Archives for posts with tag: Wes Anderson

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Keep your hands off my lobby boy!”

 

Once again, the great Wes Anderson has left me in awe with a wonderful adventure involving eccentric characters, stunning use of colour and an amazing ensemble. Like Moonrise Kingdom, this is a tale filled to the brim with quirkiness, within 5 minutes you’ll be laughing at the oddness of Tom Wilkinson’s narration which is cut short by his immature son! The film begins with a young girl reading a novel by “The Author”, the aspect ratio is unusually not what you’d see in a standard multiplex, that being 1.85 and doesn’t fit the entire screen. The Author is revealed to be Tom Wilkinson who tells us of his adventure to the Grand Budapest Hotel in 1968. The aspect ratio now changes to 2.35:1 and the younger Author (Jude Law) continues the narration, meeting the owner of the fallen hotel, Zero Moustafa (F. Murray Abraham) who tells the Author of how he came to acquire the hotel. The ratio has now changed to 1.33 and it’s now 1932 in the Republic of Zubrowka. Zero now narrates his story with his younger self now in the picture (newcomer Tony Revolori). He meets the concierge of the GBH, Monsieur Gustave H. (Ralph Fiennes), an eccentric man who constantly mixes business and pleasure in his work. From there, the audience is left to enjoy the oddness, the deceit and the exceptional service of a grand hotel leading to an outrageous adventure.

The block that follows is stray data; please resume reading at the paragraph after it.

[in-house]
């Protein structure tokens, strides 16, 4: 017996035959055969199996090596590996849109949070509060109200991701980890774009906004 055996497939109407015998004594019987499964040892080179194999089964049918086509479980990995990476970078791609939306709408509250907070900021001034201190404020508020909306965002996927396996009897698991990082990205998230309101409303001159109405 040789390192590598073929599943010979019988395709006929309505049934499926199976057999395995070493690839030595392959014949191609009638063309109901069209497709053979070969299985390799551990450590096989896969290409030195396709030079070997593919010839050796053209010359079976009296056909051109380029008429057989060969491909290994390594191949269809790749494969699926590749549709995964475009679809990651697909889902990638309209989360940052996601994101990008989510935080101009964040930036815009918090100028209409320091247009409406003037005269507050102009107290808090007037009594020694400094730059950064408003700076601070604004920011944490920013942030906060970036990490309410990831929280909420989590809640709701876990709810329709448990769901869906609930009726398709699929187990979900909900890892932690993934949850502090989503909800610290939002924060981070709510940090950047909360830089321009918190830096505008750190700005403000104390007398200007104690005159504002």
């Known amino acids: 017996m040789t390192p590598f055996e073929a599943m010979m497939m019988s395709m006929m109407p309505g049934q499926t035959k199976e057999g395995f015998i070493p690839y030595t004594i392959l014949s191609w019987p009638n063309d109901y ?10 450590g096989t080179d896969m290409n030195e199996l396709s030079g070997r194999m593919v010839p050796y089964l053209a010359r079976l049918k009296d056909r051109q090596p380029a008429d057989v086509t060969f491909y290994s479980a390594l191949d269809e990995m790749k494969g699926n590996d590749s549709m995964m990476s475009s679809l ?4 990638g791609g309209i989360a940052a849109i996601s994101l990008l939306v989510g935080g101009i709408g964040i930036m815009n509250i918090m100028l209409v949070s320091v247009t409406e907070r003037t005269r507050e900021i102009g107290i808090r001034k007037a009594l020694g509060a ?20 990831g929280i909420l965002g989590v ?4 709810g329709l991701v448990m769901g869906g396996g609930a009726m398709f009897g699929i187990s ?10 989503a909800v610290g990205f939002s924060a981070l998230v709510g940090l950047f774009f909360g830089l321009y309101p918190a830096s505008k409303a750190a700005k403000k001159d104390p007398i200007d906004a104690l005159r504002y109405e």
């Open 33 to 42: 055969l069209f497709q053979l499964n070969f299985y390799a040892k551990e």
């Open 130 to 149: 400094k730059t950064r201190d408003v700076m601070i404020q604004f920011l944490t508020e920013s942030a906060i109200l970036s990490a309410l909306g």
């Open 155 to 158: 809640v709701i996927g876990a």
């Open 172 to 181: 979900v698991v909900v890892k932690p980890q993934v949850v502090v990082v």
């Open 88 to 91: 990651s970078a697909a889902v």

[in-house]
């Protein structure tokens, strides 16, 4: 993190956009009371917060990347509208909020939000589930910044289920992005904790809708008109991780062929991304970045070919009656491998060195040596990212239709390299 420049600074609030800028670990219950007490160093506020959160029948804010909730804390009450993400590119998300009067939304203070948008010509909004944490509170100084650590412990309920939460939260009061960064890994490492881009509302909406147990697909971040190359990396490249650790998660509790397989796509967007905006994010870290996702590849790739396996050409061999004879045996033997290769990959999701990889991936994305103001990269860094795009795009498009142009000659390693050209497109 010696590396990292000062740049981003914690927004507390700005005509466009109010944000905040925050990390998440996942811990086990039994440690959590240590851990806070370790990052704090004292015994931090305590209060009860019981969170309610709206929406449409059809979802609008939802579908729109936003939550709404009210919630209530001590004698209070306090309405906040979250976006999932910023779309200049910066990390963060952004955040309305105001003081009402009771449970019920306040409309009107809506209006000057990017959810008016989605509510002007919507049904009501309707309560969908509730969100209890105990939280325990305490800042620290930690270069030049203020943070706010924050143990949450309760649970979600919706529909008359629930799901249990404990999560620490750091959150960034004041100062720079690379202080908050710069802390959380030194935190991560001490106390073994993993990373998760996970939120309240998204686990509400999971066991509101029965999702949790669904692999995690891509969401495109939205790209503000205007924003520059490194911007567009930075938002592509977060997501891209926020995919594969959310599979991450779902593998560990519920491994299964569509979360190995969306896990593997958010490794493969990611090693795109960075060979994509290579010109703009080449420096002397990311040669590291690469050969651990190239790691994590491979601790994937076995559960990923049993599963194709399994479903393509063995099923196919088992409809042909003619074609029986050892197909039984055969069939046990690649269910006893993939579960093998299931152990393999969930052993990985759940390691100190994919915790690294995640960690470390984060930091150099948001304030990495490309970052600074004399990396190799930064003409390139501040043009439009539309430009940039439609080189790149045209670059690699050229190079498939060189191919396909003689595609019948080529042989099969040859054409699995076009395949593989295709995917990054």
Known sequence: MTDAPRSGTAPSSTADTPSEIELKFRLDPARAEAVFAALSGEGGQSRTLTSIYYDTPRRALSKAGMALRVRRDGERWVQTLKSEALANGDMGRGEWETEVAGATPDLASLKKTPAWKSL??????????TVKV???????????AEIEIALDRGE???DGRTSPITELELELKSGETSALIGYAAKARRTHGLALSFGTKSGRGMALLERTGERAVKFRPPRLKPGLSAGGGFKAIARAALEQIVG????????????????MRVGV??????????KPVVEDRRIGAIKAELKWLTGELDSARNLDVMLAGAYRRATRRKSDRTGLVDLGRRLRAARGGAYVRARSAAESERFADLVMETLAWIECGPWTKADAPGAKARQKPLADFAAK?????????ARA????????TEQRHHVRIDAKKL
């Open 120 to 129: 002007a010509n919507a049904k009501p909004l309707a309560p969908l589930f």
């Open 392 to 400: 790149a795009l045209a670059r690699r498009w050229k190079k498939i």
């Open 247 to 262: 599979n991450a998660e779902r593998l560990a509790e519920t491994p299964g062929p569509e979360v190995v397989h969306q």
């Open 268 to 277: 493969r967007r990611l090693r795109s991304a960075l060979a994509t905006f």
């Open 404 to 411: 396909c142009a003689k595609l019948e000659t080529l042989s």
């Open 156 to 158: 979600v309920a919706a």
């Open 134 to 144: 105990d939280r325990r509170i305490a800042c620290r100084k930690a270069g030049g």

Wes Anderson is such an obvious auteur and The Grand Budapest Hotel is just another perfect example of his stamp mark for cinema. The colours are very striking and brighten up the hotel along with its inhabitants such as the uniforms being a vibrant purple and the elevators in bright red which heavily contrast one another. The humour from his script is just fantastic, its there in every single scene no matter how crude or violent the circumstances are. Wes as usual, creates the oddest of characters from very serious actors such as Harvey Keitel and Adrian Brody. Ralph Fiennes is incredible and this is a role that is so well suited for him, despite being known as a Shakespearian actor and portraying dark characters such as Nazi war criminal Amon Goeth in Schindler’s List and serial killer Francis Dolarhyde in Red Dragon, he steals the show with such a loving and charming character. The Grand Budapest Hotel is definitely a top contender for the best films of 2014, Wes has created another classic film that is funny, profound, slightly violent and beautiful. I recommend to watch it as soon as possible, it’s a film for everyone to see about the joys of top notch service!

5/5 

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“Our daughter’s been abducted by one of these beige lunatics!”

Wes Anderson, known for his distinctive narratives featuring eccentric characters and a particular emphasis on colour has once again left me spellbound with a very unusual film about young love. Wes, like in most of his other well acclaimed films, includes a fantastic ensemble cast and newcomers combined to create something pretty and different from any other film you’d see in a multiplex.